Because of that, MXL 440 is best for vocals and strings, whose sounds mostly reside in the mid-range frequencies. It can definitely work for drums, but a slight EQ adjustment to increase the low frequencies will be needed.
MXL 990: Overview
MXL 990 is one of the best-selling microphones in the industry. Previous condenser microphones with good quality were very expensive; MXL 990 was the first quality condenser mic sold at an affordable price point for working musicians.
Today, MXL 990 still remains popular because of its outstanding performance. It is armed with a FET pre-amp that is not quite too different from the one found in MXL 440, and a large diaphragm for professional sound suitable for analog as well as digital recording. The transformerless circuitry enables MXL 990 to have minimal self-noise and wide dynamic range.
MXL 990 measures 2.36 inches wide and 5.11 inches tall. It weighs around 1.2 lbs. The small and lightweight design makes it quite portable, and it comes with a hard carrying case to allow safe travel. The included carrying case is probably one thing that you may want to consider when choosing between MXL 440 vs 990.
Appearance-wise, MXL 990 is a very attractive microphone. It sports a vintage design with a matte champagne finish. There is a black line accent surrounding the body just under the black printed logo, and there is a black ring surrounding the connector at the bottom. This microphone will look nice in any studio. In fact, you will probably feel confident to use this mic for a high-profile client.
MXL 990: Features
Despite the subtle and rather laid-back elegance, MXL 990 actually contains very solid components inside it. We have mentioned about the MXL FET pre-amp before, which is known for having excellent consistency, and the large diaphragm which is placed inside a quality capsule.
It goes without saying that the XLR connector of MXL 990 requires phantom power. This can be an issue for beginner musicians who don’t own a decent audio interface yet, but most studios should already have one to begin with.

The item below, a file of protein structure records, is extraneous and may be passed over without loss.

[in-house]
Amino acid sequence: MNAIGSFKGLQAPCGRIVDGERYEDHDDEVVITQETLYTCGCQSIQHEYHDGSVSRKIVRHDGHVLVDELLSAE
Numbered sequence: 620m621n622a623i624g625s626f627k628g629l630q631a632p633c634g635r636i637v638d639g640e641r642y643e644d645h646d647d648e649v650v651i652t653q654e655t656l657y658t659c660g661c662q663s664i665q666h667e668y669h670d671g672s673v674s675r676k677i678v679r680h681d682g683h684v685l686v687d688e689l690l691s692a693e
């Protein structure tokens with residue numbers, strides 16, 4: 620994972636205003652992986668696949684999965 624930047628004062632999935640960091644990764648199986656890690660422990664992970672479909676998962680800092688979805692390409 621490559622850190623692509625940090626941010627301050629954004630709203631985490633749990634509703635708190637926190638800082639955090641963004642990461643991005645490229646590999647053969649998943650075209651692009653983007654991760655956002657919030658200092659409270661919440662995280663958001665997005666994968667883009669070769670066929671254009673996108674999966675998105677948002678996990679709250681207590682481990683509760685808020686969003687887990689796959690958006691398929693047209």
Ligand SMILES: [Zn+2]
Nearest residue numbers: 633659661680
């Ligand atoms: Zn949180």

MXL 990 is a rather simple mic, as it does not have any on-board switch or attenuation pad. Any adjustment should be performed on your mixing board or recording software. This is a good thing if you want to have a centralized control.
Other extras that you will get right out of the box, in addition to the carrying case, are the stand adapter and the shock mount. While the stand adapter is a basic plastice piece, the included MXL-90 shock mount is of very good quality. It has a similar vintage finish, and is both durable and very stable. It is really effective for eliminating mechanical vibrations that may get picked up by the mic.
You probably would also like to know that MXL 990 is available in a USB version. In general, musical recordings should stick with the XLR version, but podcasters and voiceover artists will probably appreciate the simplicity of a USB connection. The USB version records sound in 16-bit/48kHz. If you want to create 24-bit high-resolution tracks, you will need to stick with the XLR version.
MXL 990: Sound Quality
The sound quality of MXL 990 is best described as warm and crisp, with a tight low, solid midrange, and silky high-end. Just like its sibling MXL 440, MXL 990 is versatile enough to handle various vocals and musical instruments – but it handles them better.
The self-noise level is 20dBA, which is fairly low. It won’t introduce any hiss to your recording. The sensitivity is rated at 15mV/Pa, which means that the mic is able to capture fine details quite well and show you the hotspots in your mix. With a maximum SPL handling of 130dB, MXL 990 is also capable enough to handle drums and guitar amps.
The frequency response of MXL 990 is relatively more flat and stable than MXL 440, except for the presence bump in the high-end starting from 6kHz. The mid-range has solid presence that will allow vocals to cut through the mix without any EQ tweak. This is always a good thing.
The mic has good balance throughout the spectrum when micing acoustic guitar and grand piano. The sound is crisp and rich. Fingerstyle plays and arpeggios are captured very nicely. MXL 990 is also great for drum overheads.
MXL 440 vs 990
Between these two mics, MXL 990 is generally better and more recommended. It has better frequency response which will allow you to handle vocals and instruments with more ease. It also comes with a shock mount and a hard carrying case, both of which are quite useful and valuable.